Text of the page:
MDR is a fee paid by merchants to banks for offering them infrastructure to accept digital payments.
Banks and non-bank payment players are groping in the dark even after the November 1 deadline to move to a zero-MDR regime has passed. The Union Budget had proposed to do away with merchant discount rate (MDR) on digital transactions from November 1.
However, there has been no official communication from the government to payment players on how to implement the new regime, several executives from the industry told FE. As a result, merchants continue to pay the existing MDR rates.
MDR is a fee paid by merchants to banks for offering them infrastructure to accept digital payments. The amount is then shared between the bank that offered the acceptance device (acquirer), the bank whose customer made the payment (issuer) and fintechs or card networks which facilitated the transaction.
The government has not given a roadmap to banks and payment companies on the migration to the new pricing regime. “We have not received any fresh notification from the government even though the new regime was supposed to kick in from November 1,” a top banker said, adding, “Talks have been happening at the level of the IBA (Indian Banks’ Association), but if the MDR is made zero, the return on investment on that cost is not justified.”
Some payment companies are still awaiting clarity from the government on the provision in the Finance Bill that seeks to waive the MDR requirement for merchants with a turnover of `50 crore. “We don’t know which categories of cards or which modes of payment are to be covered under zero-MDR,” an executive with a merchant-acquiring fintech firm told FE on condition of anonymity. “It is the smaller merchants who need an MDR waiver and not the larger ones,” he observed.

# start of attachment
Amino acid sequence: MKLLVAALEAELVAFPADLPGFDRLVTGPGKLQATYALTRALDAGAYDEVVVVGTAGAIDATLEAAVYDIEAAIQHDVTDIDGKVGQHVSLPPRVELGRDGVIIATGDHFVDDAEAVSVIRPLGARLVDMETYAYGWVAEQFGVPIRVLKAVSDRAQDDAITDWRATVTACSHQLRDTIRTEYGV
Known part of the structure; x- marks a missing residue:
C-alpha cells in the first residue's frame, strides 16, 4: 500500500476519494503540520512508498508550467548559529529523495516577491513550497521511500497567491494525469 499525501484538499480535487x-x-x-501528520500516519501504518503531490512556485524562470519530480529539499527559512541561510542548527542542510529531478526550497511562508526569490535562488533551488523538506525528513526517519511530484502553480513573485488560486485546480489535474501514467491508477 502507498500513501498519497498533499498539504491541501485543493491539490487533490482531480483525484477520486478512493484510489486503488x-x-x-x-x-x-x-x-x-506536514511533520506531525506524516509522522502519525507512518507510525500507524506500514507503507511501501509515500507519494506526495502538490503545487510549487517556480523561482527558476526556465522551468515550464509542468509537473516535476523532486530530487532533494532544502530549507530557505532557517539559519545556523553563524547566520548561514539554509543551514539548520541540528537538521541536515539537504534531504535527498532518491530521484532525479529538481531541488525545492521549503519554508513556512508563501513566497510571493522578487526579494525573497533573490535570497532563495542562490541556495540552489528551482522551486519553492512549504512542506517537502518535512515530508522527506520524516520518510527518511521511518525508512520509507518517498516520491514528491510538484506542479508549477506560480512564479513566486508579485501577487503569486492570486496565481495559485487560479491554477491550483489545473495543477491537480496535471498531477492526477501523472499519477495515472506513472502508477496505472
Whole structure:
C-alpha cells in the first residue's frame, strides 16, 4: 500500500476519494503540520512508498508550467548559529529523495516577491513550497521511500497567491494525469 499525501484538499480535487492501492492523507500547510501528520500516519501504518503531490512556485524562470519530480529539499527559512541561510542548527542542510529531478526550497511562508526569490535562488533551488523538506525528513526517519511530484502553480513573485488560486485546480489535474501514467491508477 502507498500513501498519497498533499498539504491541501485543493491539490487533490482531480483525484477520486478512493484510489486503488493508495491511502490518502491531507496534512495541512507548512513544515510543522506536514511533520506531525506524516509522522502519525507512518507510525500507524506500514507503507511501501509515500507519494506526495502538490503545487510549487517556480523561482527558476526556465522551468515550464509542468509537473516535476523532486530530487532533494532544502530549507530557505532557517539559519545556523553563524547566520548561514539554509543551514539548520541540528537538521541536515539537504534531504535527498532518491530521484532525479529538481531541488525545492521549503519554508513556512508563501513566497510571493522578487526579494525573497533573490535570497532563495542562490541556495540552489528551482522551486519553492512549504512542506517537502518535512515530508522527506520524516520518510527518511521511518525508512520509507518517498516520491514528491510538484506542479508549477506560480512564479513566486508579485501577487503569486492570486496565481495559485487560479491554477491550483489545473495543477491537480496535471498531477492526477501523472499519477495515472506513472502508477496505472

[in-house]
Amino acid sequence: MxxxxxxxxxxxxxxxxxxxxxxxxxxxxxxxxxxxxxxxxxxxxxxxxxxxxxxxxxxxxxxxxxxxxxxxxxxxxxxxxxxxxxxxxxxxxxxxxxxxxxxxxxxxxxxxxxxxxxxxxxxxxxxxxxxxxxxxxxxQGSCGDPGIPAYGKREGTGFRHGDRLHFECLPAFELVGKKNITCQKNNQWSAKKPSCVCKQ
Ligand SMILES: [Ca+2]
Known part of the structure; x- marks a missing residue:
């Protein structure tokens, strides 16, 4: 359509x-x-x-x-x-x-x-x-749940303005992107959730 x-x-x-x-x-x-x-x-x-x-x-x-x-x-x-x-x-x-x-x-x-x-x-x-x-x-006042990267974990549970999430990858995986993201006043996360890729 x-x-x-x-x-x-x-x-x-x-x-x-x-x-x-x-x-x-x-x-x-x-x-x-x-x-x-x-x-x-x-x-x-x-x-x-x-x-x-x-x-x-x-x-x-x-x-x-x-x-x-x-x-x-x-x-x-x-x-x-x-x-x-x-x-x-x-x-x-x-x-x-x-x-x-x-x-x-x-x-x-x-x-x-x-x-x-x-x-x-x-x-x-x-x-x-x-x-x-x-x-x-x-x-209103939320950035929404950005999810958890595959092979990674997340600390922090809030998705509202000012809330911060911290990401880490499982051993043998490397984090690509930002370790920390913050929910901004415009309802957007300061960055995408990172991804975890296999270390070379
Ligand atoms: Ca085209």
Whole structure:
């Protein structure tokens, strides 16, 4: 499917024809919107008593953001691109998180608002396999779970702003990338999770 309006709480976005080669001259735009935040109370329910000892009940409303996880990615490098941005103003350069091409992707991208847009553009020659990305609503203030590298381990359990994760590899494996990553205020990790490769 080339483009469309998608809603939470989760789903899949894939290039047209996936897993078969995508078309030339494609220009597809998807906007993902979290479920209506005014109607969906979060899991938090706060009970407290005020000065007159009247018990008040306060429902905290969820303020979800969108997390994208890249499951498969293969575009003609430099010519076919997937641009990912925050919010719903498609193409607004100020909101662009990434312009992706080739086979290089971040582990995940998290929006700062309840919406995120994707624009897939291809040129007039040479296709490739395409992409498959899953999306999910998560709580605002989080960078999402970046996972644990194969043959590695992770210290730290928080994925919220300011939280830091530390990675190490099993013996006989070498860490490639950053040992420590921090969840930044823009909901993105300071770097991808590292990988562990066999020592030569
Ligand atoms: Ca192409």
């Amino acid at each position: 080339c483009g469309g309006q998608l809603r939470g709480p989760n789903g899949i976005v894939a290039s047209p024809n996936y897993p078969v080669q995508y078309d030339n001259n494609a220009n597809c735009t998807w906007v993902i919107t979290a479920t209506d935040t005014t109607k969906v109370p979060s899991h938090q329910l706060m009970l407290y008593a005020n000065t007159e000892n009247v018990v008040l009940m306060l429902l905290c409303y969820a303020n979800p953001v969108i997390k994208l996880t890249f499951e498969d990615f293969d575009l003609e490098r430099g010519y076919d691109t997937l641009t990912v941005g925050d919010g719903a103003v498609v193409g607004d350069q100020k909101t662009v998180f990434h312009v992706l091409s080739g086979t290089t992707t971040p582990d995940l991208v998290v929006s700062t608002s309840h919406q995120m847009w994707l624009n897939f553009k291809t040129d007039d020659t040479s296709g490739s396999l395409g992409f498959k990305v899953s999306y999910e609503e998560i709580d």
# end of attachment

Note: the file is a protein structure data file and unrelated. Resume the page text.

Some banks are understood to be contemplating the very question of their continuance in the merchant acquisition market, given that it is already a loss-making line of business. “It was always supposed to be a volume game, but there should at least be some incentive to go out and invest,” the banker quoted above said.
In her Budget speech on July 5, finance minister Nirmala Sitharaman had said establishments with annual turnover of Rs 50 crore and above shall offer low-cost digital modes of payment, such as BHIM UPI, UPI-QR Code, Aadhaar Pay, debit cards, NEFT and RTGS, to customers, and no charges or MDR shall be imposed on customers or merchants.